Chances are even Capcom themselves would admit the first Street Fighter was downright terrible. An exercise in sheer frustration, it suffered from jerky animation, unreliable controls, and botched mechanics. Special moves, which rarely worked, could remove 70% of an opponent’s health in one swoop, making the regular kicks and punches almost redundant.
It’s a series low point, yet one that still made the cut on this compilation simply for the sake of comprehensiveness. After all, there’s no better place to start a trip down memory lane than with the game that kickstarted a ‘90s phenomenon.
Rather than include one entry from each title in Street Fighter’s long-running history, this collection gives the chance to take in the evolution of Street Fighter’s first decade, step by step.
Twelve arcade conversions feature, including all five iterations of Street Fighter II: The World Warrior (1991), Champion Edition (1992), Hyper Fighting (1992), Super Street Fighter II (1993), and Super Street Fighter II Turbo (1994).
The jump between Hyper Fighting and Super Street Fighter II was pretty significant, with dozens of notable changes thanks to new hardware and the beginnings of the Super Combo system. However, outside of playable bosses and turbo speed settings, the differences between the first three SFII outings are negligible. Improved artwork, a few nips and tucks, and that’s about it. Still, it’s interesting to observe the changes made from one version to the next, no matter how minor.
Many expected Capcom to jump straight into Street Fighter III a year later – because that’s how sequels work, right? – but no, instead came the Alpha series. 1995’s Street Fighter Alpha: Warriors’ Dreams – which also saw the series jump from SNES and Mega Drive to PSone and Saturn, the obscure SNES conversion of Alpha 2 notwithstanding – expanded on the Super Combo system for a deeper, more technical, experience.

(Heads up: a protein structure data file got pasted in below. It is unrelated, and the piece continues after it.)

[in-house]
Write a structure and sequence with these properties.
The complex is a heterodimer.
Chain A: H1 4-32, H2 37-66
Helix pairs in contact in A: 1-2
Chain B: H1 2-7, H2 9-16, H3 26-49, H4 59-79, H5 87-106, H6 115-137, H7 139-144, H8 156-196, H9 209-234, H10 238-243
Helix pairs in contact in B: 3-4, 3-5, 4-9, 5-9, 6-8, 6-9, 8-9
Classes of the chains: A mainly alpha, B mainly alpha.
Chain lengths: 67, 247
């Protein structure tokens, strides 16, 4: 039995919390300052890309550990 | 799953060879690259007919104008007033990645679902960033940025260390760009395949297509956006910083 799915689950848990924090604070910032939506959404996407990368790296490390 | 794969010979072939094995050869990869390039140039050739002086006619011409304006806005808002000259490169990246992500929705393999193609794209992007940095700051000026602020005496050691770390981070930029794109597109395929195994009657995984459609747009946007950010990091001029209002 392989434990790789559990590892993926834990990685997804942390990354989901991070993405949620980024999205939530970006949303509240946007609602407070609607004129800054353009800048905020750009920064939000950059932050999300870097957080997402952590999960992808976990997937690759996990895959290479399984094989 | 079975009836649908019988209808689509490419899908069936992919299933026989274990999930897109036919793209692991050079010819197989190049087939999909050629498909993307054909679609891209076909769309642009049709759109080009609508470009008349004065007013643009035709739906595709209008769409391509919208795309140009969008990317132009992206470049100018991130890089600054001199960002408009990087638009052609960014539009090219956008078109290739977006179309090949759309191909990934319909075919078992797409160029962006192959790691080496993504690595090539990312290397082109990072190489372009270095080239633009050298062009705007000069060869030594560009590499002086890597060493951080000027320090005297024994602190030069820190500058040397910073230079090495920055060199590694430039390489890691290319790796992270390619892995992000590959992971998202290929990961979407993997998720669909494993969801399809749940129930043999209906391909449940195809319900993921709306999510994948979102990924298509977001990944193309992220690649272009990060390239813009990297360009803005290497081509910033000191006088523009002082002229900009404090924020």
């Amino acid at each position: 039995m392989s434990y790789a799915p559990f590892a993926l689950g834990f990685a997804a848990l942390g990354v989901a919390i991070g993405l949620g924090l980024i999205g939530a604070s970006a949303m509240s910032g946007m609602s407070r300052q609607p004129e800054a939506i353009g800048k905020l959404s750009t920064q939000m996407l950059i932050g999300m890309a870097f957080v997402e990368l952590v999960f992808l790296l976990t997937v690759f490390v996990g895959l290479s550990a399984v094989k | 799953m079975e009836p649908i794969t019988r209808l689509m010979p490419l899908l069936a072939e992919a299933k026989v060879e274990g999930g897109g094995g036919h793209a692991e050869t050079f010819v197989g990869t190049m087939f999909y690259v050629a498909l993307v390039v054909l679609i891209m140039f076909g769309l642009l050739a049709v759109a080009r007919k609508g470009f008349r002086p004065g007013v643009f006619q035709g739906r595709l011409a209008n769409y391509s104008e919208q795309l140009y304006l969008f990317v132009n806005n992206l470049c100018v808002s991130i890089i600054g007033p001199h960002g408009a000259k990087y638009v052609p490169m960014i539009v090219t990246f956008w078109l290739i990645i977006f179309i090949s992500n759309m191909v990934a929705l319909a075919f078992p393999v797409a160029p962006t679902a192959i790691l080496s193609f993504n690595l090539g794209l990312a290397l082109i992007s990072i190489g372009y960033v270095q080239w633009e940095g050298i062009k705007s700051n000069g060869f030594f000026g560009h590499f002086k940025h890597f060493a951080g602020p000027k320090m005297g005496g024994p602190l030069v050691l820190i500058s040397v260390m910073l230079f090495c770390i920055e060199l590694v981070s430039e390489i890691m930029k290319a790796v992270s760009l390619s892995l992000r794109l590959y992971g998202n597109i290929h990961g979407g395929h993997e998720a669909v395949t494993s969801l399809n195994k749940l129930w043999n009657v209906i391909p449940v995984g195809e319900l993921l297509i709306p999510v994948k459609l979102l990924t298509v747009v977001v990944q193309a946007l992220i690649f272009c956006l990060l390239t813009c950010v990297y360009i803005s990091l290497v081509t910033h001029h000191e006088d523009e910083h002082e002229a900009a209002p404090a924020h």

Each entry in the Alpha series feels more substantial than the last; they’re far from being mere yearly updates. In fact, two whole years passed between Alpha 2 and Alpha 3. Those years were well spent – Alpha 3 was an absolute belter and an undeniable highlight here.
The three-level Super Combo gauge really added a new layer of depth, and visually it nailed the anime-style Capcom was aiming for back in the original Alpha. The only downer is because this collection only features arcade renditions, the extras from the home versions are missing.
After years of speculation (every American gaming mag seemingly had a regular SFIII rumour column), SFIII finally made its mark in 1997 – six whole years after SFII’s debut.
Did it blow gamers away? Not initially, no. It was hoped SFIII would see Capcom take on the likes of Tekken and Virtua Fighter and make the polygon fighter battle a three-horse race. In short: it was shunned by ‘casual’ fighting fans for remaining in 2D. It wasn’t until it hit the Dreamcast in 1999 – two years after the arcade – that it received the praise and attention it deserved.
The proof was, of course, in the playing – SFIII was deep, refined, and…a little peculiar. Only Ken and Ryu returned, and even then, they were no longer cover stars – American brawler Alex took their place. Many characters made Blanka look positively normal, with a line-up taking a more fantasy/monstrous approach. It should be noted, however, that the quality of animation was outstanding. SFIII may have stuck with 2D, but it did use CD-ROM technology to allow for more frames of animation than ever before.
Street Fighter III 2nd Impact added a few familiar faces, while 1999’s Street Fighter III: 3rd Strike was leaps and bounds over vanilla SFIII, adding five new characters. It falls slightly short of reaching Alpha 3’s level of greatness, but if you’ve never played it before, you’re in for a treat. It’s bold, brash and beautiful.
And that’s our lot. While it’s easy to rattle off omissions – indeed, Super Puzzle Fighter II Turbo may have made a neat novelty extra – Capcom obviously had to draw the line somewhere to keep the focus on Street Fighter’s first decade.
Some fans may baulk at the fact only four games (Turbo: Hyper Fighting, Super Turbo, Alpha 3, and 3rd Strike) feature online play, but this is clearly to keep lobbies well populated and matchmaking effortless.
Each game is perfectly preserved, with near-faultless emulation. As well as screen size, difficulty, and speed settings there are save states – which load in a blink of an eye – which make the likes of the original Street Fighter a tad more palatable and remove some of the frustration associated with SFIII’s Gill. A museum full of concept art, arcade flyers, design documents and a full timeline history round this package off nicely.
If you’re a Street Fighter fan, you’ve probably snapped up this collection already. If you’re still on the fence, we recommend taking the plunge, especially if you’ve never sampled the superlative delights of Street Fighter Alpha 3 or Street Fighter III before.